What are the odds of meeting a fellow BU alum at JFK airport who happens to be on the exact flight to Guangzhou as you?
Whatever the odds, I’m still amazed. And mostly grateful.
My mom and I had just returned from a brief trip to the nearby casino, where her friend had said to go for a Chinese dinner (whereas I just craved a burger, because America). As luck would have it, the restaurant had closed down. Forever. So while my mom got a bowl of MSG-laden beef noodle soup at the food court full of hungry old gamblers, I sat and waited until I could return to the airport for a juicy Shake Shack burger. (Even though there was a burger shop at this food court, I was NOT about to pay $10 for a burger here). As for gambling, we passed, and I’m glad because the super friendly Lyft driver who drove us back told us he rarely hears people winning there. Instead, he’s heard people lose $10,000 in two days.
Despite it still being early for a 1 a.m. departure, we figured we could check in at 9 p.m. and browse the shops we had passed by earlier—after my burger, of course.
But as I wandered confused looking for the China Southern check-in desk that apparently didn’t exist yet, someone called out.
I turned to see a familiar, smiling face. She was the type of acquaintance whom you saw all the time on campus but never really hung out as friends. And here we met again! Shocked as I was to see her, I kept thinking how grateful I was to bump into her and her friend while we caught up and joked around with not one, but several surprisingly fun airport employees throughout the long night. It sounds weird, but it just felt nice to chat, laugh, and truly enjoy my time with different people when I’ve spent almost all of my time since graduation with my mom. A college graduate can only handle so much family time.
In addition to human interaction, we felt grateful because they just happened to be first in a long line (or what Chinese passengers consider a line) for the check-in desk to even exist and open. No China Southern signs or employees even showed up until about 10, when we finally got to check in and check out the shops. Here’s the one reason why I said MOSTLY grateful: Because of their delays from getting snacks at the shops, we JUST missed the chance to get burgers. By 11, both Shake Shack locations at the B terminal had closed. Instead, we got $12 cold sandwiches next door. Utterly depressing as a last American meal. But in the end, I was still happy about the chance encounter.
Fast forward about 16 rough hours, and we were on the first shuttle bus taking us from the Boeing 777 through the marshy lands under the overcast skies to the airport building. As hopeful as I was about the FREE-AIRPORT-WiFi, no matter how many times I entered my phone number to get the password while waiting for our baggage, I had to give up. This would be only the first of many WiFi struggles to come.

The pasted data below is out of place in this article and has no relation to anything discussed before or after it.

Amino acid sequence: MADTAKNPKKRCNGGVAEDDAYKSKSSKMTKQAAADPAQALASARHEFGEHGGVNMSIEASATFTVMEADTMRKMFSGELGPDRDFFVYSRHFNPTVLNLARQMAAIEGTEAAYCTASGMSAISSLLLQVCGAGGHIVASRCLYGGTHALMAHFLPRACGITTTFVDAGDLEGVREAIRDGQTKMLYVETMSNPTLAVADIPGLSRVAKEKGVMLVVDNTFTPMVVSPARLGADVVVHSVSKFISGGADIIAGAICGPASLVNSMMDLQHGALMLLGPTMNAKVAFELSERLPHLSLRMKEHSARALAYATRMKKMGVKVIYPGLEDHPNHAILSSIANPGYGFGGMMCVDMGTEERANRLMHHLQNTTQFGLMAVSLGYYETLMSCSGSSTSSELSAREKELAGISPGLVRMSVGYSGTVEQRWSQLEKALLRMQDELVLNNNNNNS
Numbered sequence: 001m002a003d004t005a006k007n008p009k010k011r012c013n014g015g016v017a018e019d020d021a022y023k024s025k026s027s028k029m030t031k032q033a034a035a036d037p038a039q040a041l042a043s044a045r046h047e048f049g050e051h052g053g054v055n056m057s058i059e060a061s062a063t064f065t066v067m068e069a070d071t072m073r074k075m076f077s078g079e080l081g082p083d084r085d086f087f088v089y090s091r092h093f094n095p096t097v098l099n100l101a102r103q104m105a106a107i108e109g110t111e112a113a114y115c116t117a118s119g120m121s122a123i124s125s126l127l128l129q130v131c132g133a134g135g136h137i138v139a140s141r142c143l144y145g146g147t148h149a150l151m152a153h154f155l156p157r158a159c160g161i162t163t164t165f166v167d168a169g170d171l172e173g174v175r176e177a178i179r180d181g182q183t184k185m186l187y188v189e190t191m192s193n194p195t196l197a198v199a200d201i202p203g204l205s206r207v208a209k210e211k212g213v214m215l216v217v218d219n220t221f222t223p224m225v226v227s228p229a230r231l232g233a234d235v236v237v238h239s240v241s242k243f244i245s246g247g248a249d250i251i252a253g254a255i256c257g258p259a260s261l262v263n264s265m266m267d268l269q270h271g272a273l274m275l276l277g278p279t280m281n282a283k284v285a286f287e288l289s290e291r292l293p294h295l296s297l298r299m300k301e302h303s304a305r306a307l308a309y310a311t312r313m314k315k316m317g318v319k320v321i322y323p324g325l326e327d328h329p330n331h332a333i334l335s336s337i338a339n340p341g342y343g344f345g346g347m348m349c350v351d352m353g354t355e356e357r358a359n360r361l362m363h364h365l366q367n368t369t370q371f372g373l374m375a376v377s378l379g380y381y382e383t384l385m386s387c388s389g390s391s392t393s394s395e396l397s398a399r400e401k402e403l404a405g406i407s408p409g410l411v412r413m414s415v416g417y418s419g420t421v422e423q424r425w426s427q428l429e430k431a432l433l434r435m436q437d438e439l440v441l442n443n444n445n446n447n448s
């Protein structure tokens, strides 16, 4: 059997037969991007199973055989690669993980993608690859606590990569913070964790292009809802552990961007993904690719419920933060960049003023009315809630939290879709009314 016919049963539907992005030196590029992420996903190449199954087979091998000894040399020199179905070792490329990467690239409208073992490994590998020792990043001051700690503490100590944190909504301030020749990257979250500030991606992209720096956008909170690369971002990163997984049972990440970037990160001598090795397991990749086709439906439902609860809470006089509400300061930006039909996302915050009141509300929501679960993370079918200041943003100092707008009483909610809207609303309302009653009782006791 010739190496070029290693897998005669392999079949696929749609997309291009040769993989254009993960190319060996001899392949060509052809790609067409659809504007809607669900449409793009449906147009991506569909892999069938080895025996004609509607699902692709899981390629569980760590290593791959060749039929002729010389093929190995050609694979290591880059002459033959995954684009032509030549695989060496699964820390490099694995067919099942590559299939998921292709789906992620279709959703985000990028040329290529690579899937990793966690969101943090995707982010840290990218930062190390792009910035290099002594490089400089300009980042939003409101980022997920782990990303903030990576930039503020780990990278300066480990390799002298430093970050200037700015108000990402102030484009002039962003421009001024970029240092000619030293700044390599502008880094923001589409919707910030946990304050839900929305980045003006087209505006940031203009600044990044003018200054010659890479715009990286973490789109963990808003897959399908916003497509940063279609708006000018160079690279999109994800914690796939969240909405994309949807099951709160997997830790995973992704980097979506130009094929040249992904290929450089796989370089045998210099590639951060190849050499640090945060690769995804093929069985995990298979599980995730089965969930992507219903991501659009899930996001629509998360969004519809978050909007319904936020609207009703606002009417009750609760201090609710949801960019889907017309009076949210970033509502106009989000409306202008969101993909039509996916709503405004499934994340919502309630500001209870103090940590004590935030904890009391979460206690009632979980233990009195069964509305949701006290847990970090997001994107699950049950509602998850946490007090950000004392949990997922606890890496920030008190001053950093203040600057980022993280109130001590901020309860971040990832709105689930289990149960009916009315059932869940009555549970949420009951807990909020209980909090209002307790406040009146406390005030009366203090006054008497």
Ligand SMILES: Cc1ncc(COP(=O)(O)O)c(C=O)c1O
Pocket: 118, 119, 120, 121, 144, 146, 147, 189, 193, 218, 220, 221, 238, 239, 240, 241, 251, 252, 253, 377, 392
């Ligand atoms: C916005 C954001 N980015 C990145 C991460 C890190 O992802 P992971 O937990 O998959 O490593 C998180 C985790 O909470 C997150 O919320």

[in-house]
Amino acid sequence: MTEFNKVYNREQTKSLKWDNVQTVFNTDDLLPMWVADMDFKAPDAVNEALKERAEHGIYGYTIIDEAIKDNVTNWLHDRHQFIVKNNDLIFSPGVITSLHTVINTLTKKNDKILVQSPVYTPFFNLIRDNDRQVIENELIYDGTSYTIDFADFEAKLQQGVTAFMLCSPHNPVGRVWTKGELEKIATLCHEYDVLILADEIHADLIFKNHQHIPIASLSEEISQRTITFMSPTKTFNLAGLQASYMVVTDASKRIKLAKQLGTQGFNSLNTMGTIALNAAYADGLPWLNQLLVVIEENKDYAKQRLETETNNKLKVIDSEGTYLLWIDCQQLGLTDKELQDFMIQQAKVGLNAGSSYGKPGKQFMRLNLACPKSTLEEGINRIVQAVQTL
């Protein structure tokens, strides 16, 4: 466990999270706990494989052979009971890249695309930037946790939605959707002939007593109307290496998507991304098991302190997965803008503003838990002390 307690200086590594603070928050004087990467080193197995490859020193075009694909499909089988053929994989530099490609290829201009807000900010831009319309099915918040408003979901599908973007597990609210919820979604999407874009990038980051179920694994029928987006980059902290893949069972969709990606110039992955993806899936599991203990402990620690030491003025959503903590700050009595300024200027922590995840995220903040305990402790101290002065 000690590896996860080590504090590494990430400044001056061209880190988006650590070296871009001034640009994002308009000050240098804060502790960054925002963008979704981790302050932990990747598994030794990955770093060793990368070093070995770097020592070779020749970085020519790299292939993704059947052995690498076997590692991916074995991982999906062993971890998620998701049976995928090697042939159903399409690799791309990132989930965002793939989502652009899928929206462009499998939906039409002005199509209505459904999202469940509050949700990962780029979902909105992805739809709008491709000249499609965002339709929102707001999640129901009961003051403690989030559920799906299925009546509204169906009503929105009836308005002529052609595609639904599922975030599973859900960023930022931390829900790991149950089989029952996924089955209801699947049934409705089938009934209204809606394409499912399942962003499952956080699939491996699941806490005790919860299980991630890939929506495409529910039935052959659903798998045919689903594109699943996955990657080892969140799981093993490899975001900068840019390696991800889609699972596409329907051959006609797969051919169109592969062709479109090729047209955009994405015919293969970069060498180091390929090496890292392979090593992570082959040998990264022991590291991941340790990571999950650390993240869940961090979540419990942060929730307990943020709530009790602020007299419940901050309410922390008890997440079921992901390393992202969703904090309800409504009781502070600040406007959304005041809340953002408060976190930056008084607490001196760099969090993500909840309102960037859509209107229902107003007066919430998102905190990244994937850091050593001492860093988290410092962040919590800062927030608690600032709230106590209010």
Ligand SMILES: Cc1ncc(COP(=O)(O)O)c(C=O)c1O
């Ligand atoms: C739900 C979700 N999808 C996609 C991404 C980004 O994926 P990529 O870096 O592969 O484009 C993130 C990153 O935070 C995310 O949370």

Our relatives came in two cars, one for luggage and the other (a Cadillac, nonetheless) for us.
We arrived to my aunt and uncle’s former, now unused three-bedroom apartment in Guangzhou, briefly freshening up before going back out for dim sum. At 9 a.m. After 20+ hours of travel. As tired as we should have been, we weren’t. I think part of it was due to pure excitement at finally seeing what will be my apartment for at least the next few weeks and already imagining comfortably living here on my own.
The restaurant itself was set right along a beautiful lake and park, with gorgeous views. How could I not have high expectations? Unfortunately, despite the amazing first impressions, the meal was strange, to say the least. We sat in a windowless room and had to walk outside to literally pick up our dim sum to bring back to our table inside. Since this was technically breakfast and I didn’t want to pick foods that would make me seem even more white-washed American than I already came off as (buns, tarts, fried shit), I settled with options that didn’t completely satisfy me, but I just told myself to indulge later. I mean, can you imagine not eating any buns during dim sum? Ugh.
Anyway, we spent the rest of the afternoon visiting friends and relatives, and driving through the streets and especially seeing FamilyMart made me nostalgic with Shanghai memories.
Ah, but you can probably guess the one thing I definitely do NOT miss about China: WiFi problems. I was so happy to have strong WiFi in our apartment when we arrived but when we returned later in the afternoon, expecting to spend the rest of the day resting and catching up with life, we couldn’t connect at all.
Thanks to wonderful relatives, they came to help my mom with all the problems she has, whether it’s her phlegmy cough, red eye that had something stuck in it, or her clogging the toilet. Seriously, her problems give me so much unnecessary stress that I find myself holing myself in my room to get some peace and quiet, while blasting the small offline music selection from my phone.
Anyway, I guess all this makes me only more excited to be on my own after this week. Independence is so close I can taste it.